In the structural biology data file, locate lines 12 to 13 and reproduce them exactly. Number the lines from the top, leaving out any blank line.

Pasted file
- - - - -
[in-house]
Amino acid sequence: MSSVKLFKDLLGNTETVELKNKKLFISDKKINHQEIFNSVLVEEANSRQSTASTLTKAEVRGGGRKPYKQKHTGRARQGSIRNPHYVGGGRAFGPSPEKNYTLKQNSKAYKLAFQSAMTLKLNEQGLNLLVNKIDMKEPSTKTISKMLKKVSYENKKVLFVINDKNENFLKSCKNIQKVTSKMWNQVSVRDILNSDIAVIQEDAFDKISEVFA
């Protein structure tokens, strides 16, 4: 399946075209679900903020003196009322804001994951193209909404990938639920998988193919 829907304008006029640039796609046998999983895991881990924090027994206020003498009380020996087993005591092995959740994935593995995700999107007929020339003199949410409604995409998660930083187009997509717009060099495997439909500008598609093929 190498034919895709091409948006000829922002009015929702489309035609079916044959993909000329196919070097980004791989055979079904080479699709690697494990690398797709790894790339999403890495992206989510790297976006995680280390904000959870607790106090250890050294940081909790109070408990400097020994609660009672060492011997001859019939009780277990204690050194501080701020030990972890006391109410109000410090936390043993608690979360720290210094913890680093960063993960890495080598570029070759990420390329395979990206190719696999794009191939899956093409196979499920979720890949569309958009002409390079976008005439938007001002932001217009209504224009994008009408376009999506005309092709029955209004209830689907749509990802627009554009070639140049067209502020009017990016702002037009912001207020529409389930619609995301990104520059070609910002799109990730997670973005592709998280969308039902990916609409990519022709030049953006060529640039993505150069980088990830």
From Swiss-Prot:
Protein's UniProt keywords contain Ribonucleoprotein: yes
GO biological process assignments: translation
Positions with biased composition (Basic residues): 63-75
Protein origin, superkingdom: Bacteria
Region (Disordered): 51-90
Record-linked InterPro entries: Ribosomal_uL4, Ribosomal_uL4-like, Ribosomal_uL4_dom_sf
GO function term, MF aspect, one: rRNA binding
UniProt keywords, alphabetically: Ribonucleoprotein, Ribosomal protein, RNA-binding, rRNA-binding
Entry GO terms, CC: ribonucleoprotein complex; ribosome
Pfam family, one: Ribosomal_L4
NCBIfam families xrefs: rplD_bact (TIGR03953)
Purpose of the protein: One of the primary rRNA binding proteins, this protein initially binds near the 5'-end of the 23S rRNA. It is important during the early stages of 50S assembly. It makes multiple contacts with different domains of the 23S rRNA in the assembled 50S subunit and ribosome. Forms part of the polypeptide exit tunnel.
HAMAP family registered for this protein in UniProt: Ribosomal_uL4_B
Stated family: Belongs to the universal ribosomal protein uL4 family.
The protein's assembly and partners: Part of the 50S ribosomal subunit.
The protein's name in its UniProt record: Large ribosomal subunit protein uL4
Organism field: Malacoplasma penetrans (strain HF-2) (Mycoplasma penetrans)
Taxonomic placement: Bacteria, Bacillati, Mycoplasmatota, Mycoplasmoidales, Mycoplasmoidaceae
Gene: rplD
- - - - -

UniProt keywords, alphabetically: Ribonucleoprotein, Ribosomal protein, RNA-binding, rRNA-binding
Entry GO terms, CC: ribonucleoprotein complex; ribosome